Artwave 2018

Artwave is here again!CoverImage

I am writing this from my home-exchange house in Northern Italy (we do love a home-exchange, and of course – for me – being obsessed with interiors and architecture it’s a perfect way to holiday!)

It’s nearing the end of our time away and whilst in many ways it will be sad to say goodbye to Italy I am getting really quite excited about my whistle-stop tour of Artwave 2018 which I am planning for Sunday.

Earlier on in the year I was asked to be one of the official sponsors/supporters of the festival which I immediately accepted as last year I had loved visiting a great selection of artists including Andy Pointon Design, Christian FunnellVictoria Albequerque, Alexander Johnson and Anouk Emmanuel.

The festival is really well established and this year, I hear, is proving to be  the most popular Artwave yet. The festival really is a testament to the vast community of talented artists we have in Lewes and the neighbouring towns and villages. Last year I visited artists from every trail but this year I am taking a closer look at the Lewes trail.

I have a hefty list of venues that I’m planning on visiting this weekend and in anticipation I have interviewed three of these awesome individuals to find a little more about them. These artists are Tanya Gomez, Deborah Manson, and Sarah Money,

Let’s start with my interview with wonderful ceramist Tanya Gomez:

Tanya Gomez – Venue 92


Tell us a little about yourself, how did your career as a ceramist get started?

I am a ceramist living and working in Lewes with my family. After working on sailing yachts for years, travelling the world and living by the coast I had a calling in my twenties , a feeling in my gut that I wanted to make things out of clay, I was in my twenties and decided to go to the Camberwell College of Art to study Art and Design. I then furthered my skills at the University of Brighton, BA Craft and Design, and finally later I completed a 2 year MA at The Royal College of Art in Ceramics and Glass. I have honed my skills over the last 15 years to create large cylindrical shapes which I think make an impact both individually and as a group, the vessels create expressive, vivid landscapes and fluid, architectural forms. Due to my experience living by the coast I have absorbed the abstract qualities of colour and shape, particularly at sea and used this to inspire my work.

 Can you describe your creative process?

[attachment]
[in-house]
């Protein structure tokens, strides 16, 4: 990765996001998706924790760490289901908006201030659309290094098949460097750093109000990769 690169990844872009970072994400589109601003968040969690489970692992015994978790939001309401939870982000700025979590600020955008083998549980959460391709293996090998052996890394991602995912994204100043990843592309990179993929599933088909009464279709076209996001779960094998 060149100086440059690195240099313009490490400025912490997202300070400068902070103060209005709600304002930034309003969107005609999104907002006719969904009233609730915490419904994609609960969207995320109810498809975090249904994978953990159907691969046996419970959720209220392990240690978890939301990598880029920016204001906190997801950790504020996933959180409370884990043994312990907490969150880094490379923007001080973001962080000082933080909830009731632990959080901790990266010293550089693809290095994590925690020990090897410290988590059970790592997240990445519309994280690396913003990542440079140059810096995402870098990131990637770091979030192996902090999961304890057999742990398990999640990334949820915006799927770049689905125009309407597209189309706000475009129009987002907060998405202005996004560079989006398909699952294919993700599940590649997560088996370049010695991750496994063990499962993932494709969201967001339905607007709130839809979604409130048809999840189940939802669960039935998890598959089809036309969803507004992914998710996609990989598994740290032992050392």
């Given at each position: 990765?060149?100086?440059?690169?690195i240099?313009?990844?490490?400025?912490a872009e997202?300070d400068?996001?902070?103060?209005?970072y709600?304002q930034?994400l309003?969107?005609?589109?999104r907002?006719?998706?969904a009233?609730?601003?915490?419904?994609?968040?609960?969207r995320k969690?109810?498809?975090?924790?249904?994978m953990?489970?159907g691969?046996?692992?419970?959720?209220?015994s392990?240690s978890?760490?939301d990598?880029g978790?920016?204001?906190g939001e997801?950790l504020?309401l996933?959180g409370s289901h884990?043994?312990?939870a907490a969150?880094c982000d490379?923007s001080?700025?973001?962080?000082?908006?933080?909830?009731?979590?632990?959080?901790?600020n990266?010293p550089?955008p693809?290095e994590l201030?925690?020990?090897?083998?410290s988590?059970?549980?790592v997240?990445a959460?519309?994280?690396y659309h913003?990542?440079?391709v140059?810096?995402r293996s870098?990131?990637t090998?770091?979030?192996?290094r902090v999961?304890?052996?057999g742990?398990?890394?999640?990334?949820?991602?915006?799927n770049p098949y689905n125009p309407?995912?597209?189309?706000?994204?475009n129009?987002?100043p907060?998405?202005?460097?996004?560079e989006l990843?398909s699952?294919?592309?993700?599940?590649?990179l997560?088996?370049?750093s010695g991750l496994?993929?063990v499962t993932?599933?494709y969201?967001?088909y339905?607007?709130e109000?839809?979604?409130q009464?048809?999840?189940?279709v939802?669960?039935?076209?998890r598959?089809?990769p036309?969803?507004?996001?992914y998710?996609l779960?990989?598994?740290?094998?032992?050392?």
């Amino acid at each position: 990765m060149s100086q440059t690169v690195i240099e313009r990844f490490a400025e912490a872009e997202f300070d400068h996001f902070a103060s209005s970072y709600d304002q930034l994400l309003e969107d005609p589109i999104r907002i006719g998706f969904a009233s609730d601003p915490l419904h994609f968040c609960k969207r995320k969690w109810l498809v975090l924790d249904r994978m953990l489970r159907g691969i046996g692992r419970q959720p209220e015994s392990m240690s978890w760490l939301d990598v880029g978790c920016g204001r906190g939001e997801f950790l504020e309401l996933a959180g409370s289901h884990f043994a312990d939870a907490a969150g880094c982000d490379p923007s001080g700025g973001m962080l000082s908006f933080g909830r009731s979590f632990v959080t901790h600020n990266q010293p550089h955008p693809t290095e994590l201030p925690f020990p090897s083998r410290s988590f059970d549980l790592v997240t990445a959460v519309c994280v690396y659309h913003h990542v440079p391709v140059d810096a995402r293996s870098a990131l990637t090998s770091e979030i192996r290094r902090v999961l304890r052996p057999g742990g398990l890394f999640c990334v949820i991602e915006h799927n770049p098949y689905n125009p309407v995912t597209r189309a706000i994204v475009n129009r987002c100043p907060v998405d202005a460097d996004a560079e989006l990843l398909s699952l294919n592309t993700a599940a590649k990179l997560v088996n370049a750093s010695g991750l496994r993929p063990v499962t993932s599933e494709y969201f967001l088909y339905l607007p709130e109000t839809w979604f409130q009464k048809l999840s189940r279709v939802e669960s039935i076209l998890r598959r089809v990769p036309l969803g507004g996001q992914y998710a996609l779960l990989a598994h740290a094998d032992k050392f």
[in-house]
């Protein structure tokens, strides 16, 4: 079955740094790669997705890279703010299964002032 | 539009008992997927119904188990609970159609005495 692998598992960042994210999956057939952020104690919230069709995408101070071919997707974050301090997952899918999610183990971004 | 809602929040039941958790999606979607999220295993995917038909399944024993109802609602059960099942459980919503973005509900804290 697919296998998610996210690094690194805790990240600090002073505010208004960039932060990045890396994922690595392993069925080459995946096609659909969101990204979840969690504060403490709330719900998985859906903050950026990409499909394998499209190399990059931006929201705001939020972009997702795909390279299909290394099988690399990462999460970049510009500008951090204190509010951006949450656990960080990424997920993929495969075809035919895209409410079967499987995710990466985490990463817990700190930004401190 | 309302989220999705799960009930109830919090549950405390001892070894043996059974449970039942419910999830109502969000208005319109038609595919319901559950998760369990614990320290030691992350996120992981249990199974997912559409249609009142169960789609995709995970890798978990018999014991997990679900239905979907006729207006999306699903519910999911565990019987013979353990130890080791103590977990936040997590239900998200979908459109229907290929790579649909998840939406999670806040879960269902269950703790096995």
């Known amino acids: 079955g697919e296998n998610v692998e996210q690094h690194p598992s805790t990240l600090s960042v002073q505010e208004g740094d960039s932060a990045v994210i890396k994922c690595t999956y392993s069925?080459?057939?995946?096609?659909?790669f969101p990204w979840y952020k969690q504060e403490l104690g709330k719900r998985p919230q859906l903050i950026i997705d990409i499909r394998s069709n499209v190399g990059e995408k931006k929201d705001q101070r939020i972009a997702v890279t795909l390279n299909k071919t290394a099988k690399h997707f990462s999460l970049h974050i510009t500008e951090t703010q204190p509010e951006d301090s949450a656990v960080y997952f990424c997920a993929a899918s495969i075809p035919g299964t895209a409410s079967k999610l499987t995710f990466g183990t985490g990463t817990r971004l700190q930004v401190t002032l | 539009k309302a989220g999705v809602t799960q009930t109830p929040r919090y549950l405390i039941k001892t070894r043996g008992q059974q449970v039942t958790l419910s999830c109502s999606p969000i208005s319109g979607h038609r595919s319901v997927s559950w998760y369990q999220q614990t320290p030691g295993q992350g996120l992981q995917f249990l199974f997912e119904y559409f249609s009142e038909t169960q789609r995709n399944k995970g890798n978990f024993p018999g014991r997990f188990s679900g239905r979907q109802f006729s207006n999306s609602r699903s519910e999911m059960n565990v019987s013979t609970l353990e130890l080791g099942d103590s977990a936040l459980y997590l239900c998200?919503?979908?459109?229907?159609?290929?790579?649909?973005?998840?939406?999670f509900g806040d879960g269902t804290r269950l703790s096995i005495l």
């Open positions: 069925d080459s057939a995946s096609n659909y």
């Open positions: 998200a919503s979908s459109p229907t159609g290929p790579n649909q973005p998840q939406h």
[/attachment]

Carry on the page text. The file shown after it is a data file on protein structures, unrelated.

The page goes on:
I mainly throw on the wheel. Using the wheel as my tool to create vessels. I work intuitively and it is through the making that inspires different process. I enjoy learning new techniques and exploring them.

Tanya Gomez ceramics, Sept 2014.

What/where/who inspires you?

The Sea inspires me. When I create my vessels I am  conscious of natural phenomena, dramatic landscapes and the diverse qualities of the sea. From travelling the globe I absorbed the colousr, shapes and diverse cultures… all of these inspire my work.

I am fascinated by the idea of creating an overwhelming sense of something that is so overpowering that one cannot comprehend its boundaries. This sensation can be translated into a piece by following a line, and using rhythm, balance, tension or colour.

The work is decorative but can be accompanied but a complimentary flower or foliage so they have the possibility to be functional if desired.

How has your work/focus changed over the years? How would you describe your work now?

My latest collection of work continues in the vein of a rooted connection to water but goes beyond the sea with its fluid forms into looking at textures of icebergs and stones. as well asthe hues of these too. I have also explored  differences in texture through the forming of Celadon and Chun glazes to run more, gain texture or enhance translucency.

Through a process of cutting away, with glazes hanging heavily over the top, I have  created a sense of the weight and fissures of glacial patters.  The narrower bases give the vessels a sense of fragility, as if being eroded by water, just as glaciers are truly being eroded by climate change.

group of threeWhat is the most challenging aspect of your role as an artist?

Family life is full and juggling time and being focused is a challenge. I need to have patience, sometimes there just is not enough time and so it’s about realizing that what I do is a life time journey and that not everything is going to be done in a day.

Where do you work? Can you describe your workspace?

I am very fortunate to have my studio at the back of the house for the last 8 years. It is a converted garage. I call it my ship . Everything has its place and space has to be used wisely. It is a fully functional studio where I can do one-to-one lessons and run workshops from.

Group Colour 100

If you could meet an artist from history who would it be and why?

Frida Kahlo. It would be great to hang out with someone who seemed to of had a vigour for life and a woman of inner strength and empowerment.

What advice would you give to someone just starting out in ceramics?

Believe in what you are creating. If not you will never be happy.

Deborah Manson – Venue 89

Next up is Deborah Manson who creates beautiful textiles perfect for the home. I was immediately drawn to her cushions and throws and can’t wait to go and visit her. Here is what Deborah had to say…


Tell us a little about yourself, have you always wanted to be an artist?